The Oxford Roman Economy Project will host the conference ‘Frontier Economies in the Roman Empire’ at All Souls College, University of Oxford on 19-20 September 2019. All are welcome and there is no conference fee, but to help us estimate numbers for tea and coffee we ask you to register attendance by emailing [email protected].
Speakers and titles are listed below, and the full programme with abstracts can be found here
Thursday, 19 September
9:15-9:30 A. Wilson (Oxford): Welcome and introduction
9:30-10:15 T. Franconi (Brown): The economic lives of Roman frontiers: old models and new data.
10:15-11:00 P. Erdkamp (Brussels): The role of the state in the market integration in the West.
11:30-12:15 A. Hirt (Liverpool): Mining and ‘frontiers’: extractive operations in Roman Spain.
12:15-13:00 A. Dalla Rosa (Bordeaux): Imperial land, forests, and workshops in the Danubian region: acquisition, distribution, and economic roles.
14:00-14:45 I. Haynes (Newcastle): Characterising and quantifying frontier economies: some methodological considerations.
14:45-15:30 D. Breeze (Edinburgh): Civilians and traders on Hadrian’s Wall.
15:30-14:15 L. Lodwick (Oxford): The economic organisation of cereal production in Britannia: new evidence from crop stable-isotope analysis and grain-drying ovens.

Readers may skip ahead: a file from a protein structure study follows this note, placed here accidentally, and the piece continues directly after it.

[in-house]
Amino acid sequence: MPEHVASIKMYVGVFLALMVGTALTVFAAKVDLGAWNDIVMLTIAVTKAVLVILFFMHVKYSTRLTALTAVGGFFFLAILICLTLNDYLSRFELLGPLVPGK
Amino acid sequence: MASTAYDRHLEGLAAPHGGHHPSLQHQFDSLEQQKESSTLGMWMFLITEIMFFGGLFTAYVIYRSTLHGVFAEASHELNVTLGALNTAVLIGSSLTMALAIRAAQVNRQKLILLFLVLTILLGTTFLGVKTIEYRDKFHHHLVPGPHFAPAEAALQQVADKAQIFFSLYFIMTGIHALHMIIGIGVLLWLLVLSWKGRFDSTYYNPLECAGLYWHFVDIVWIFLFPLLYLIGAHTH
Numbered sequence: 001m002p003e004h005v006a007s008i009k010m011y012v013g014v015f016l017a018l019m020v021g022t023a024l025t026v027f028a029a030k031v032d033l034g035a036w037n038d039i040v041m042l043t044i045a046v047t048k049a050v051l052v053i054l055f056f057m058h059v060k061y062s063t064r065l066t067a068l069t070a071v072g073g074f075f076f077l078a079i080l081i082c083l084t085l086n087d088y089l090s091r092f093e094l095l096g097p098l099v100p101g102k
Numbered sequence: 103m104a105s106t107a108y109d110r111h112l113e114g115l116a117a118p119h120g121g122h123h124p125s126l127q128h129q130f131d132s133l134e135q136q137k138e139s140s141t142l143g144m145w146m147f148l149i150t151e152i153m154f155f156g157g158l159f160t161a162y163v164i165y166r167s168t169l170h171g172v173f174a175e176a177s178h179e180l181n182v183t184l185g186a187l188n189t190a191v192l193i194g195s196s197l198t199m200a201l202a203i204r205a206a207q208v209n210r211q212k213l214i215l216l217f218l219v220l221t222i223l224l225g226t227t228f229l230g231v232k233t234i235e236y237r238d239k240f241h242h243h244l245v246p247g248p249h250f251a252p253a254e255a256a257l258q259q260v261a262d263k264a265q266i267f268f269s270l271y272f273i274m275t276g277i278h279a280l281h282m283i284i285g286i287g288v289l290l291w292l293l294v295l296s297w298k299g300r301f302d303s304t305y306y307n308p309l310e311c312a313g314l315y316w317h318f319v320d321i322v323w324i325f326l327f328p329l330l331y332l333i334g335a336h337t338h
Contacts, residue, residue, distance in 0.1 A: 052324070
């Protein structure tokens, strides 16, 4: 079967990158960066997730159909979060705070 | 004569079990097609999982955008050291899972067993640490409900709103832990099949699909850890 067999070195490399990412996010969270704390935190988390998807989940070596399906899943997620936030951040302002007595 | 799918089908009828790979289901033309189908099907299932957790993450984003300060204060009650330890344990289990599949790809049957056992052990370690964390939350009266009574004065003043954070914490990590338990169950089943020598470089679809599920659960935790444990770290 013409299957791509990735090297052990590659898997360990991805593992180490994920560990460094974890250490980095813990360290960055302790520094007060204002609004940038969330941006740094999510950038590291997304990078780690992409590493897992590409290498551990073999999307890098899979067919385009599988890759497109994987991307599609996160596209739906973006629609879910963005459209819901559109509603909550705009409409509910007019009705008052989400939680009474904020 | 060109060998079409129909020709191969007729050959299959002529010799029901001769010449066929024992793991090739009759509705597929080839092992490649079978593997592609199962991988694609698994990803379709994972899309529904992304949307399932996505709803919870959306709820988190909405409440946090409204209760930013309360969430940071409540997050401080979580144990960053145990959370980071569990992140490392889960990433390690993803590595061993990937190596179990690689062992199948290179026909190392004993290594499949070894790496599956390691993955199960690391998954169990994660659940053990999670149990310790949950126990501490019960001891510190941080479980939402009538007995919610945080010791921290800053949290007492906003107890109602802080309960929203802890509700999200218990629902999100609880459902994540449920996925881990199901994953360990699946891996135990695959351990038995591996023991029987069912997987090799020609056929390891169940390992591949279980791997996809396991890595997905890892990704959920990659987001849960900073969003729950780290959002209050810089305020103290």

16:45-17:30 M. Brüggler (LVR-Xanten): Agriculture in the Lower Rhine plain: production for a sustainable frontier?
17:30-18:15 B. Hellings (Yale): Big data: monetizing the Roman frontier.
Friday, 20 September
9:30-10:15 O. Láng (Budapest): Stop-Shop: trading activity in the Aquincum civil town.
10:15-11:00 I. Oltean and C. Ciongradi (Exeter and Cluj-Napoca): A matter of finances: the archaeological evidence from the praetorium
procuriensis at Sarmizegetusa Ulpia (Dacia).
11:30-12:15 S. James (Leicester): Parasite, benefactor, or…? Impact of the imperial garrison on the civic economy of Dura-Europos, Syria, c. AD 165-256.
12:15-13:00 R. Palermo (Groningen): An imperial steppe: space, demography, and economy in Roman period Eastern Syria and Mesopotamia.
14:00-14:45 D. Mattingly (Leicester): What lay beyond: the economic relations of the African frontiers and the Sahara.
14:45-15:30 M. Gibbs (Winnipeg): The economy of the southern Roman Egyptian frontier: Talmis and Kertassi during the Roman period.
16:00-16:45 J.-P. Brun (Paris): The Eastern Desert of Egypt as a resource and as a link with the Indian Ocean during the Graeco-Roman period.
16:45-17:30 D. Nappo (Naples): India, the missing province.
17:30-18:15 E. Fentress (Rome): Final discussion.